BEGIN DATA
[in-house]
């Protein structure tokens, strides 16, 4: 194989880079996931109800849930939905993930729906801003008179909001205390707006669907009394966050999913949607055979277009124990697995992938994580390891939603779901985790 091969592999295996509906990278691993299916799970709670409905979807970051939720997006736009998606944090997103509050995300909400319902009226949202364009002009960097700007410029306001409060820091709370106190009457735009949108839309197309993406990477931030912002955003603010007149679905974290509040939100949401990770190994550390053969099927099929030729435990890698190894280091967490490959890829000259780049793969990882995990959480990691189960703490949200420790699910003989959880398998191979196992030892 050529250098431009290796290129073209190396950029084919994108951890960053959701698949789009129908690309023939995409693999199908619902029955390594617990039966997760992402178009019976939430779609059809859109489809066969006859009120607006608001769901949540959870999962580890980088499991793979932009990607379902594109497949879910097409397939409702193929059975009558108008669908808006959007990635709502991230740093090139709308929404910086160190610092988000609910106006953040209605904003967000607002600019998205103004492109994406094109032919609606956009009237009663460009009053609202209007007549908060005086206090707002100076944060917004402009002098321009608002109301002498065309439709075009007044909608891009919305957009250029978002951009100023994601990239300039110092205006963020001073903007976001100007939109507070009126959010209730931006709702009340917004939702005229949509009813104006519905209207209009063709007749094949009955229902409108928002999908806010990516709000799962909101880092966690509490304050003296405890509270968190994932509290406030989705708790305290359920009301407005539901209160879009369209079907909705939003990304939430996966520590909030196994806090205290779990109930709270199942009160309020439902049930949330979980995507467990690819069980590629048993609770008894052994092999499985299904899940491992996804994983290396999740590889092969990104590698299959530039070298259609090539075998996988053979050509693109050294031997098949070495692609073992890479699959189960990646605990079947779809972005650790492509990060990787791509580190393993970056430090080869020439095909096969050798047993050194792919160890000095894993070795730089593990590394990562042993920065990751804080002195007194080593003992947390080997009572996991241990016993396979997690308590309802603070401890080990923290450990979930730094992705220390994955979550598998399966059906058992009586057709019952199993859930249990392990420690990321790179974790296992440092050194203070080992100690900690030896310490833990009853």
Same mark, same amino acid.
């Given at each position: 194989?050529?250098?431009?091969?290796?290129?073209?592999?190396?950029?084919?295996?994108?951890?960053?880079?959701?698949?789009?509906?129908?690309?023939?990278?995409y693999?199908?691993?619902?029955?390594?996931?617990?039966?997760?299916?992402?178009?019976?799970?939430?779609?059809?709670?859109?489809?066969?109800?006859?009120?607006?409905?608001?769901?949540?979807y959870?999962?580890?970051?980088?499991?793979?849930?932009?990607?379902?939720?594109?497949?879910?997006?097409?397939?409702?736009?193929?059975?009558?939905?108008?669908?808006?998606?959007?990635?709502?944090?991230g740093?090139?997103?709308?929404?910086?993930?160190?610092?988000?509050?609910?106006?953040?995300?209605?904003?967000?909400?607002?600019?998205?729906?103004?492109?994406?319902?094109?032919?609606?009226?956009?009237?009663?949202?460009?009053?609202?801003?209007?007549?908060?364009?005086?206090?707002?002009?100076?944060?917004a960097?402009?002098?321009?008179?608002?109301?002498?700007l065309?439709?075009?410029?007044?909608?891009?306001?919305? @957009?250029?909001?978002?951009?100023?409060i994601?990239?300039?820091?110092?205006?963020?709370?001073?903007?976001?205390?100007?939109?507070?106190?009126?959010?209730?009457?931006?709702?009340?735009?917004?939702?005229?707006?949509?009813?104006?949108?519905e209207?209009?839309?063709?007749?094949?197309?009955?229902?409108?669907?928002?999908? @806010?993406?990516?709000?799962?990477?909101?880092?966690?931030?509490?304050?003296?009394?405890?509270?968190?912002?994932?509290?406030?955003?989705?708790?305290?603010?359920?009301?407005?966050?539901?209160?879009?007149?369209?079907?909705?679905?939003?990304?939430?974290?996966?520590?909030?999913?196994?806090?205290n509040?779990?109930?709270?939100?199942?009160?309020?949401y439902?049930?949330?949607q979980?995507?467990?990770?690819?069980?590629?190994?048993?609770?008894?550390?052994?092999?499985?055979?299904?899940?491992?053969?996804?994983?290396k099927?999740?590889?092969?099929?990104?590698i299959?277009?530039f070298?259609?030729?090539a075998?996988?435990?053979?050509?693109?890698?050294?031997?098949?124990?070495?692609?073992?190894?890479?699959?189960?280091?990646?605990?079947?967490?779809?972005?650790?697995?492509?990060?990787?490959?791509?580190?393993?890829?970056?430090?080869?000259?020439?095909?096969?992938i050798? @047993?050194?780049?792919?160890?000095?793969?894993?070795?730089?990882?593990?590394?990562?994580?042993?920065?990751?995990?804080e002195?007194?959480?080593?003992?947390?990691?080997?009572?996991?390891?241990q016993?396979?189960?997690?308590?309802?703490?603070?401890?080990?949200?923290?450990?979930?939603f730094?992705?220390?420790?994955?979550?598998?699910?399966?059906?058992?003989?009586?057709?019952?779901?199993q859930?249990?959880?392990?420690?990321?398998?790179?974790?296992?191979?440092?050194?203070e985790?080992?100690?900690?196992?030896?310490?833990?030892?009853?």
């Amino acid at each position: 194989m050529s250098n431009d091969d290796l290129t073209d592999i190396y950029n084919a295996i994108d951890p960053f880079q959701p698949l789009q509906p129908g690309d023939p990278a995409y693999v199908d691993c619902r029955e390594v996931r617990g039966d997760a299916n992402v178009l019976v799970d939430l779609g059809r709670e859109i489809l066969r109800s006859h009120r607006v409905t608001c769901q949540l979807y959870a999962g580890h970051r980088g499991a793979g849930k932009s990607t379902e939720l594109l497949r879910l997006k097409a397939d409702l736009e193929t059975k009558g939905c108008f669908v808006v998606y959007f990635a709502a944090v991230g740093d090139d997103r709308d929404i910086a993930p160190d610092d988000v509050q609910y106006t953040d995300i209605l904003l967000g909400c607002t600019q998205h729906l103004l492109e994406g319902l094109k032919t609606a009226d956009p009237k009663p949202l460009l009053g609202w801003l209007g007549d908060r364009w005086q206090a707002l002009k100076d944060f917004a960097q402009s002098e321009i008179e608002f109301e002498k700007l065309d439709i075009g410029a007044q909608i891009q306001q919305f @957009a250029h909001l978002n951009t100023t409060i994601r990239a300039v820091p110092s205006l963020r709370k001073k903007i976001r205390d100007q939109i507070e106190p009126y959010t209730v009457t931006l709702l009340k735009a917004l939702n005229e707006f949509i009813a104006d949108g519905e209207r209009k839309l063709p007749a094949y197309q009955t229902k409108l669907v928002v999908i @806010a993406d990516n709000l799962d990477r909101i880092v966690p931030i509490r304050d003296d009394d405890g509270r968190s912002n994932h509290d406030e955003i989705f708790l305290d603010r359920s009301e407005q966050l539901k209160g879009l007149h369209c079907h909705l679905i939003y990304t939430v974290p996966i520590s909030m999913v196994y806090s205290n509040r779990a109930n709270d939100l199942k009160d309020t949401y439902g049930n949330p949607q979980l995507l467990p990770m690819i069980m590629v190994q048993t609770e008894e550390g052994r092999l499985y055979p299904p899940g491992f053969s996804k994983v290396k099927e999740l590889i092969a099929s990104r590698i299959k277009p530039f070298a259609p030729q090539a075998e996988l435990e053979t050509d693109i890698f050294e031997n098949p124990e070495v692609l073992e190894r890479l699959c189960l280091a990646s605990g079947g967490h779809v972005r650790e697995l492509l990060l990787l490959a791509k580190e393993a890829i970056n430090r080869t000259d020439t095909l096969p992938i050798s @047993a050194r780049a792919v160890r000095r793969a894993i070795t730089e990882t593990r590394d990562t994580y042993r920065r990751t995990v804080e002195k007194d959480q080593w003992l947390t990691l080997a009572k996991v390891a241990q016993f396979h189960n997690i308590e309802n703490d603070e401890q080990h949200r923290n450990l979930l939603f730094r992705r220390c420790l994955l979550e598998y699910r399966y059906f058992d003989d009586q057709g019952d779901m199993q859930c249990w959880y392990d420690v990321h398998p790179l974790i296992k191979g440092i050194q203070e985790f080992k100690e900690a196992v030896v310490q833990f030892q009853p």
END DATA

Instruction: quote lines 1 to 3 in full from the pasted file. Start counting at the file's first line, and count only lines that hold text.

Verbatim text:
[in-house]
């Protein structure tokens, strides 16, 4: 194989880079996931109800849930939905993930729906801003008179909001205390707006669907009394966050999913949607055979277009124990697995992938994580390891939603779901985790 091969592999295996509906990278691993299916799970709670409905979807970051939720997006736009998606944090997103509050995300909400319902009226949202364009002009960097700007410029306001409060820091709370106190009457735009949108839309197309993406990477931030912002955003603010007149679905974290509040939100949401990770190994550390053969099927099929030729435990890698190894280091967490490959890829000259780049793969990882995990959480990691189960703490949200420790699910003989959880398998191979196992030892 050529250098431009290796290129073209190396950029084919994108951890960053959701698949789009129908690309023939995409693999199908619902029955390594617990039966997760992402178009019976939430779609059809859109489809066969006859009120607006608001769901949540959870999962580890980088499991793979932009990607379902594109497949879910097409397939409702193929059975009558108008669908808006959007990635709502991230740093090139709308929404910086160190610092988000609910106006953040209605904003967000607002600019998205103004492109994406094109032919609606956009009237009663460009009053609202209007007549908060005086206090707002100076944060917004402009002098321009608002109301002498065309439709075009007044909608891009919305957009250029978002951009100023994601990239300039110092205006963020001073903007976001100007939109507070009126959010209730931006709702009340917004939702005229949509009813104006519905209207209009063709007749094949009955229902409108928002999908806010990516709000799962909101880092966690509490304050003296405890509270968190994932509290406030989705708790305290359920009301407005539901209160879009369209079907909705939003990304939430996966520590909030196994806090205290779990109930709270199942009160309020439902049930949330979980995507467990690819069980590629048993609770008894052994092999499985299904899940491992996804994983290396999740590889092969990104590698299959530039070298259609090539075998996988053979050509693109050294031997098949070495692609073992890479699959189960990646605990079947779809972005650790492509990060990787791509580190393993970056430090080869020439095909096969050798047993050194792919160890000095894993070795730089593990590394990562042993920065990751804080002195007194080593003992947390080997009572996991241990016993396979997690308590309802603070401890080990923290450990979930730094992705220390994955979550598998399966059906058992009586057709019952199993859930249990392990420690990321790179974790296992440092050194203070080992100690900690030896310490833990009853």
Same mark, same amino acid.